ZenStorming

Where Science Meets Muse

When Success is Bad – The Math Behind Why Failure Is Essential

Posted by Plish on April 30, 2013

We all know Murphy’s Law: “Whatever can go wrong, will.”

But, what happens when the right things happen for what we think are the right reasons?

Or, restating in a slightly different way:

In any system there are ways of achieving the correct result through a combination of known and unknown means.

As any product developer will tell you, there are times when you test a product (or code) and it works.  You get excited. You decide to show your results to others. You do everything the exact same way you did last time, only this time, it doesn’t work.

Not. At. All.

How does this happen?

Let’s imagine a product as a mathematical expression: A+B+C=X (eq.1).  A, B, and C are things that we know, things that we do to bring about X which is the result we want to have happen. Let’s call this the “Success Equation”.

The equation for some undesired outcome could be depicted as: A+B+C+W=Z (eq.2). W is some known wrong step or condition that causes Z, which is an undesired result. We can call this the “Devil We Know” equation.

Now, when working with a product prototypes we actually only know what we know.  Sounds obvious right?  Another way to say this is:  We don’t know what we don’t know.

What this means is that the REAL equation for our product is very often: A+B+C+D+E+F=X.  (eq. 3) This is one of many versions of what I’ll call the “Devil We Don’t Know” equations.

A, B and C are known and are BOLD in the equation.  D, E and F, are grey because we don’t even know these variables exist.  Nevertheless, they are a part of the equation and if they all come into play, X occurs, so we’re happy.

And that’s a problem.

Why?

What happens if D, or E, or F, or some combination of these disappear?  We could get the formula A+B+C+E+F=Z, (eq.4) .  What gives?  We’re doing everything right, just like we were before, and getting the wrong result!!!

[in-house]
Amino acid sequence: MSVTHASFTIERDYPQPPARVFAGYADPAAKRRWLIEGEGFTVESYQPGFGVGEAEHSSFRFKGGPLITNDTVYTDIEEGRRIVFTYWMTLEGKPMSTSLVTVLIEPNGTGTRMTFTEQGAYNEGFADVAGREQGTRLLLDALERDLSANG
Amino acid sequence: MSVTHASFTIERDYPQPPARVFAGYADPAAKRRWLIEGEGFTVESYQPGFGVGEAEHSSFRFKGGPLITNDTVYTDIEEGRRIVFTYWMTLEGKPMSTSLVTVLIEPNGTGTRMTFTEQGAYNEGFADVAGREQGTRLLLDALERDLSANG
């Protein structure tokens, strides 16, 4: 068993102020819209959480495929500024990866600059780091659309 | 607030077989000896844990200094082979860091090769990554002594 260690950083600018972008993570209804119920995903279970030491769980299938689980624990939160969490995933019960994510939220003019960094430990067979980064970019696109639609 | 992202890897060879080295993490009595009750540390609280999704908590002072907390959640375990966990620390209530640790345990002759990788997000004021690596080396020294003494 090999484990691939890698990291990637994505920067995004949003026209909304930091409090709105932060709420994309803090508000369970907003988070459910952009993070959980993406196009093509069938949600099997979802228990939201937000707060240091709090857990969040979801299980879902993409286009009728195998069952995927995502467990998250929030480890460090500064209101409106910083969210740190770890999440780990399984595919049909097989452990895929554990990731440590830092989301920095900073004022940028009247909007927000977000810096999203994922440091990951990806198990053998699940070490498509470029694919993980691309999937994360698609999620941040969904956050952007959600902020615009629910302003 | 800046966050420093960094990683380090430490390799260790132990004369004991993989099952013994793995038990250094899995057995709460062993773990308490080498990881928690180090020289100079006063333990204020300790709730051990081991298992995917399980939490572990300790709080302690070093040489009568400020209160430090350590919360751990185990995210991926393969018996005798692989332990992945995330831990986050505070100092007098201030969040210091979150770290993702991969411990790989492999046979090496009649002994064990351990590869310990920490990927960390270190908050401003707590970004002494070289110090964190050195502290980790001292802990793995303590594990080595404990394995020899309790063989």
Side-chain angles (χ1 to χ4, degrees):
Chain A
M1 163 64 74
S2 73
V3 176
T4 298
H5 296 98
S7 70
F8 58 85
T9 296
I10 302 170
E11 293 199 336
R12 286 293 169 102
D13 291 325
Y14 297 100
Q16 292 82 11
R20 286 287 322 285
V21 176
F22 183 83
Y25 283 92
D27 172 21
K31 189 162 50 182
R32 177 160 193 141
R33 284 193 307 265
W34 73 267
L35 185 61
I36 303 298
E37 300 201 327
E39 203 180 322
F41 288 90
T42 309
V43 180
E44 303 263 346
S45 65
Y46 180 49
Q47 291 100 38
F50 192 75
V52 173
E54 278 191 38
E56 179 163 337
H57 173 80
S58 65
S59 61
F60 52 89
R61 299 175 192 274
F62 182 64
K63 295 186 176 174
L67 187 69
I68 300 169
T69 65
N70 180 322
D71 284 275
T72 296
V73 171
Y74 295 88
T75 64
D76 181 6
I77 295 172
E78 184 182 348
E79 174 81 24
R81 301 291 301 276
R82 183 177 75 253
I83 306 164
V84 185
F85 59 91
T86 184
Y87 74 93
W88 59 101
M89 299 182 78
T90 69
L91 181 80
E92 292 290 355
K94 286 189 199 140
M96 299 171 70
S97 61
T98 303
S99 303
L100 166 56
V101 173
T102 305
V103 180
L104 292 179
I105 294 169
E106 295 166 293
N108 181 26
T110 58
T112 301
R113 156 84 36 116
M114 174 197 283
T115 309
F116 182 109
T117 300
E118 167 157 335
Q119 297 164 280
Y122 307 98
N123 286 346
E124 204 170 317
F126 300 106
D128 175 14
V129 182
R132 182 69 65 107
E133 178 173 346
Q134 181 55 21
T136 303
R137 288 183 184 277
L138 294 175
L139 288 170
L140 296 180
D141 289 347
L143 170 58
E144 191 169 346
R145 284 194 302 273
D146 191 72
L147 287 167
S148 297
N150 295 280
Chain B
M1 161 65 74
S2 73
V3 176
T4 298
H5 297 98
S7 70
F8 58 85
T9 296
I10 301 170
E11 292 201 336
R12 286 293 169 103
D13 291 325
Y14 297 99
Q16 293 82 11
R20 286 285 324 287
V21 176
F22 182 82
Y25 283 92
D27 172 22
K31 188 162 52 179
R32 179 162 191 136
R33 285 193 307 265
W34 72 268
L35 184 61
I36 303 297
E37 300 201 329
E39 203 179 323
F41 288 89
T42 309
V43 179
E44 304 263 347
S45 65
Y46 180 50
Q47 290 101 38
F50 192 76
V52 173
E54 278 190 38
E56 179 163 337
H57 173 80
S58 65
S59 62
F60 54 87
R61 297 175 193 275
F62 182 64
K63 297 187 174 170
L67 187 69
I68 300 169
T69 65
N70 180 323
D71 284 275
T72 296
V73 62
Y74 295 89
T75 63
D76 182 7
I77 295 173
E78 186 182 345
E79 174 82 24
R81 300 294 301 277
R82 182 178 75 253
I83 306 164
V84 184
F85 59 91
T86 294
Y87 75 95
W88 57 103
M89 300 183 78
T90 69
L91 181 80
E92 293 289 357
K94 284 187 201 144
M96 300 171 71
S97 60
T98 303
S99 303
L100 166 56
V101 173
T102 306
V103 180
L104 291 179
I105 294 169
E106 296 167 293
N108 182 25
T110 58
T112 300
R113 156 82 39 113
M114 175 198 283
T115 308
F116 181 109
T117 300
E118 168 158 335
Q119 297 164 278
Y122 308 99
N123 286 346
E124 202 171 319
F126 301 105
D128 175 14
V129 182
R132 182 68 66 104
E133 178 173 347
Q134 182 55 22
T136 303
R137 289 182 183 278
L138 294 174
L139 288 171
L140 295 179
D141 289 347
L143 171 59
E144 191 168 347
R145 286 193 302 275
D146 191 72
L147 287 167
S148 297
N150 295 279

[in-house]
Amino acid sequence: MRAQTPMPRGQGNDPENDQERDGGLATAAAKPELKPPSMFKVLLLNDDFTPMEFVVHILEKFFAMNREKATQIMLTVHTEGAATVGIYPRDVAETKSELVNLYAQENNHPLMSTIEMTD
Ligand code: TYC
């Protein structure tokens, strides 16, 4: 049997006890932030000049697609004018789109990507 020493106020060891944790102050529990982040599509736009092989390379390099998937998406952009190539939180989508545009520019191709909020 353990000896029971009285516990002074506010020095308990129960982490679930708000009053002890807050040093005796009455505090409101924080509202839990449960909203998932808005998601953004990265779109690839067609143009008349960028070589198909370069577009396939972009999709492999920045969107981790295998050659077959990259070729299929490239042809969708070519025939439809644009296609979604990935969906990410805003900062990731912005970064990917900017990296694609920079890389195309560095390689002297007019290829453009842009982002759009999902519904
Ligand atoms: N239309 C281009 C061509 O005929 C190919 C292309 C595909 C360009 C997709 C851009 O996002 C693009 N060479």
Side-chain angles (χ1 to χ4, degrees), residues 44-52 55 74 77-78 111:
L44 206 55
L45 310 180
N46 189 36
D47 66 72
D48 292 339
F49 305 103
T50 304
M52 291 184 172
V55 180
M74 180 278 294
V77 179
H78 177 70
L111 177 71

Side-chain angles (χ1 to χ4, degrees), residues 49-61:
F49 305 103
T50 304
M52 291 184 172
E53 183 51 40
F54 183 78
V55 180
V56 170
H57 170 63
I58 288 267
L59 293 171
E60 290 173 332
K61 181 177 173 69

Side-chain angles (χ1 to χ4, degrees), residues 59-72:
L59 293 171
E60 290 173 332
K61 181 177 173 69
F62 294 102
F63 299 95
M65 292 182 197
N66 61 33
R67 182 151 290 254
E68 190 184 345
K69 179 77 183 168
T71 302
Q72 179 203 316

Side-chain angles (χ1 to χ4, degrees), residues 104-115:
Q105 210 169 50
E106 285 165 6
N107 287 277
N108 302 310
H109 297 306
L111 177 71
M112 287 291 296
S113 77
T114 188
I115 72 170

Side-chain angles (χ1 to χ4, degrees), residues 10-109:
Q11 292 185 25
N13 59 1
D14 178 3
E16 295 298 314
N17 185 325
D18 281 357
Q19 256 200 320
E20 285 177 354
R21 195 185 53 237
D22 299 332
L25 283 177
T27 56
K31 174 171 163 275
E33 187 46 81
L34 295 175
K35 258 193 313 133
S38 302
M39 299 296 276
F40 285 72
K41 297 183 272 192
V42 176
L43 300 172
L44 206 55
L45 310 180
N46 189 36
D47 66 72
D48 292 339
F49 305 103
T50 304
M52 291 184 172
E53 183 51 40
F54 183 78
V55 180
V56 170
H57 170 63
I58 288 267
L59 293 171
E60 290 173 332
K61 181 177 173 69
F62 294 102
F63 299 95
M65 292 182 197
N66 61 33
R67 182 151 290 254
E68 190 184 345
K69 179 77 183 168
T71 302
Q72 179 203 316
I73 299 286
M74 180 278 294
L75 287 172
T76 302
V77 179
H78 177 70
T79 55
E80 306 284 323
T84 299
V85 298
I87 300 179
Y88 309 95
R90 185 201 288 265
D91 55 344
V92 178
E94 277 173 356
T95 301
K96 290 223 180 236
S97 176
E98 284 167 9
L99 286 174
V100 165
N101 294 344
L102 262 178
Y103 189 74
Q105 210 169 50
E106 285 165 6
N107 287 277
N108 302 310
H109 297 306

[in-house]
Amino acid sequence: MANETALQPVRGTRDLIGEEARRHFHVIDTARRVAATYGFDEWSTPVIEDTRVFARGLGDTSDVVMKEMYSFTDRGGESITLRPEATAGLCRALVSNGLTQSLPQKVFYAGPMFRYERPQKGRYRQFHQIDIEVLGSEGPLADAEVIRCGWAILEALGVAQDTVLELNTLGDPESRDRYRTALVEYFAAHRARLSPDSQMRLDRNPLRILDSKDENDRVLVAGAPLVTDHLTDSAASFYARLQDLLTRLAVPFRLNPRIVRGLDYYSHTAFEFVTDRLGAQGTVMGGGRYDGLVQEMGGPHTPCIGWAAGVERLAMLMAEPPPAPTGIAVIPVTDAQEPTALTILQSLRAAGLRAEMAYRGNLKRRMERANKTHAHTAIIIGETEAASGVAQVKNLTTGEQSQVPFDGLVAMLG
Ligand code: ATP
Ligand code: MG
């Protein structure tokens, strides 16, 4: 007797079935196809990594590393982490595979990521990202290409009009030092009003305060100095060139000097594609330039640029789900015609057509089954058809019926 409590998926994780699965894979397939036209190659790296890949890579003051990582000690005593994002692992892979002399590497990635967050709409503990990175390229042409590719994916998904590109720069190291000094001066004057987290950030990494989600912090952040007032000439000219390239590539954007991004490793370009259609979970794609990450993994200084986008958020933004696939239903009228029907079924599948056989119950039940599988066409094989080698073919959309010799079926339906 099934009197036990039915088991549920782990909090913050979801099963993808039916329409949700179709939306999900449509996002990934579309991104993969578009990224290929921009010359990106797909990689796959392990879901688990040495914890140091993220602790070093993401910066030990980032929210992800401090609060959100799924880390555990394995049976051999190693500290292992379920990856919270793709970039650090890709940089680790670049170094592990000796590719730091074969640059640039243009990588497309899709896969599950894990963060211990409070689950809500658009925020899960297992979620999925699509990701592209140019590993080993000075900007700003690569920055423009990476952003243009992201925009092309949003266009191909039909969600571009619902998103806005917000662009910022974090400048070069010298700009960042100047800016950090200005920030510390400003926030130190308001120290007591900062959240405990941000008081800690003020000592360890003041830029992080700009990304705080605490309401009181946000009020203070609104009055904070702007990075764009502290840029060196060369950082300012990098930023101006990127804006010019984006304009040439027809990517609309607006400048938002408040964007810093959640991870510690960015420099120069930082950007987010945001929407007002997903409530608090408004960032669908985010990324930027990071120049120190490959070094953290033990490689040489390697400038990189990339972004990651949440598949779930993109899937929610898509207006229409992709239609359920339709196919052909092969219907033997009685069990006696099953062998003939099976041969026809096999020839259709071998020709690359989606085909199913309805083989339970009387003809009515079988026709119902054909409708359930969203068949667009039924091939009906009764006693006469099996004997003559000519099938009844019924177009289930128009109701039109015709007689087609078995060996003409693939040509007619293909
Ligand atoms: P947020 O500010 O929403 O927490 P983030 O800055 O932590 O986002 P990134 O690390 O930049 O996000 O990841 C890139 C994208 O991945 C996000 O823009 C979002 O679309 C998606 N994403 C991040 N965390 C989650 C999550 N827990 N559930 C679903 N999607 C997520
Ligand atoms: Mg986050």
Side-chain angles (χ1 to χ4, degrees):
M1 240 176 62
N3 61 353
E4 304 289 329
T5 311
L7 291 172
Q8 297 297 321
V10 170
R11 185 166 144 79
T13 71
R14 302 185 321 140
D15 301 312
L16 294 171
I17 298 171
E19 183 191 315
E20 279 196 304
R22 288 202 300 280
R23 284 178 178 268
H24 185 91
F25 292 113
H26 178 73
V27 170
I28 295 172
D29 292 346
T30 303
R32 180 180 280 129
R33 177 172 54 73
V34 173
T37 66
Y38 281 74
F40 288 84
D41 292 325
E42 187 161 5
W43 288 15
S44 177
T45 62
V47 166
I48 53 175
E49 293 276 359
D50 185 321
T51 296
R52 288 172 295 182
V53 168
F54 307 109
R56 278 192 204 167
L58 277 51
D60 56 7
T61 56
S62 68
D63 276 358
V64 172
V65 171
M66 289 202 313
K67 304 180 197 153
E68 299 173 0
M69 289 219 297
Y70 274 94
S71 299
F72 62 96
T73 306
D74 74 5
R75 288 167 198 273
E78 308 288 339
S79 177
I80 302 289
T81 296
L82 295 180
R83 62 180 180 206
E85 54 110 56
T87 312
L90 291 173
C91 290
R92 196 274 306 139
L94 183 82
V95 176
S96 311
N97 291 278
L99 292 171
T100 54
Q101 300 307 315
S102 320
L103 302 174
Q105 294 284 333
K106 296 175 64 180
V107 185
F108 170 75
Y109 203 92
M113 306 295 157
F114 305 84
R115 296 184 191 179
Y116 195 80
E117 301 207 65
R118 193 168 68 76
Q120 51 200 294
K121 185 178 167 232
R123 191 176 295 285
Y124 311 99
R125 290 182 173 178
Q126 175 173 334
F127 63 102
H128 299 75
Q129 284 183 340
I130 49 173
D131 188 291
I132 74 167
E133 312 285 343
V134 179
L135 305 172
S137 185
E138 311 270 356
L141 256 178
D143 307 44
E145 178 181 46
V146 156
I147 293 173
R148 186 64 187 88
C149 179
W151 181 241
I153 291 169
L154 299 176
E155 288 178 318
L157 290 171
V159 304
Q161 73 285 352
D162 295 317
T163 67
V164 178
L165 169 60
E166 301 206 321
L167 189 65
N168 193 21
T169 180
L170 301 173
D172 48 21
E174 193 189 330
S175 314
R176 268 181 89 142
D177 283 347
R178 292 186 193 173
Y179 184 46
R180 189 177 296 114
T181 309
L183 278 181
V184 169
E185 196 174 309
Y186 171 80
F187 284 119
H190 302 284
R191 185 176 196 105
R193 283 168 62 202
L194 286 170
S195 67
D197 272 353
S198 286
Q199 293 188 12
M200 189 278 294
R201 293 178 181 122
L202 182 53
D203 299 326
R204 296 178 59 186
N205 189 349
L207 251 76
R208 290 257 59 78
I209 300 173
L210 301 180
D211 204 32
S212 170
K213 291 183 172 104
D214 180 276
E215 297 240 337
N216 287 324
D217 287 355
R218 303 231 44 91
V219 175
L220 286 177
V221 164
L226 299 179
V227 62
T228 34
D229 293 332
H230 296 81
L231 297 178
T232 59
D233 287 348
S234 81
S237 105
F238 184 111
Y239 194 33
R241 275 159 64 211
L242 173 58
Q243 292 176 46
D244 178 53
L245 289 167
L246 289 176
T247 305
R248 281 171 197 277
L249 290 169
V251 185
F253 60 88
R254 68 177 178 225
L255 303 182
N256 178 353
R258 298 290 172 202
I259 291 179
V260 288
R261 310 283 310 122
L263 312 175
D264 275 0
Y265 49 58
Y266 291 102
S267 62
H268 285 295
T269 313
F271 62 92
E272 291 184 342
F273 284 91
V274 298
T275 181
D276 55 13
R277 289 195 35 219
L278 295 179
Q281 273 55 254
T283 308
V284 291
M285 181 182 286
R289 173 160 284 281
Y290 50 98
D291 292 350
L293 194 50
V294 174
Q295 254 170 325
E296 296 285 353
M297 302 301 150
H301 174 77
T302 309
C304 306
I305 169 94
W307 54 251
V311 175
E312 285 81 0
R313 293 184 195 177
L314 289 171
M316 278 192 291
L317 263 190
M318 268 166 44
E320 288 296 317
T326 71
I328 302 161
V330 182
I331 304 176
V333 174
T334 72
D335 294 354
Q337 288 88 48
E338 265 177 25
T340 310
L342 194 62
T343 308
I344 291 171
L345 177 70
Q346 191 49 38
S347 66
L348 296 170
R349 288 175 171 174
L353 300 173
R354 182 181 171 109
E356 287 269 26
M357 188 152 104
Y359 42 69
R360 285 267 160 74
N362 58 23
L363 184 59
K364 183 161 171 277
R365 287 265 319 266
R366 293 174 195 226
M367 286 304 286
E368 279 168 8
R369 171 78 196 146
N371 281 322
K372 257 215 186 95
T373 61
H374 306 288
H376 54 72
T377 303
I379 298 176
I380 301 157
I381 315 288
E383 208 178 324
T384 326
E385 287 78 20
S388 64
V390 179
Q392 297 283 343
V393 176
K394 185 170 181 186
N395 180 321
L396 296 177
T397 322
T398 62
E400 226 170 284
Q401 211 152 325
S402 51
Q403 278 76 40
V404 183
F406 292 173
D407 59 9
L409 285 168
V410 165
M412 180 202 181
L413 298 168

And it gets worse…

If n=”The number of variables we don’t know, but when all are present result in success”, then there are 2(n)-2 possible permutations of possible failure modes. In other words, if there are two unknown variables, then there are two possible failure mode combinations; 3 variables translates to 6; 4 to 14; and 5 unknown variables could lead to 30 possible failure modes!

Which brings us to the main point of this post.

Failure in the product development process is a necessity!

Why?

We ultimately want to get to the Success Equation (eq.1).  We want to be able to know that every time we do A and B and C, we get X.

The best way to get there is to convert every “Devil We Don’t Know” equation (eq.3) to a “Devil We Know” equation (eq. 2). And that only happens through testing, experimenting, failure, and learning from those failures.

So the lesson from this Law is this:  Next time you’re testing a product and it works as expected, don’t fall into the trap of thinking that your product is working perfectly.  Test. Fail. Test again! Avail yourself of digital tools and novel testing techniques (and people that like to break things) to create failures and learn from them. Find out what you don’t know.

Fail early, fail often, fail to learn, fail to succeed.

Oh, and this Law needs a name. Any suggestions?

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2 Responses to “When Success is Bad – The Math Behind Why Failure Is Essential”

  1. Roslyn said

    Having read this I believed it was rather enlightening. I appreciate you taking the time and
    energy to put this article together. I once again find myself personally spending a significant
    amount of time both reading and leaving comments.
    But so what, it was still worthwhile!

  2. […] When Success is Bad – The Math Behind Why Failure Is Essential […]

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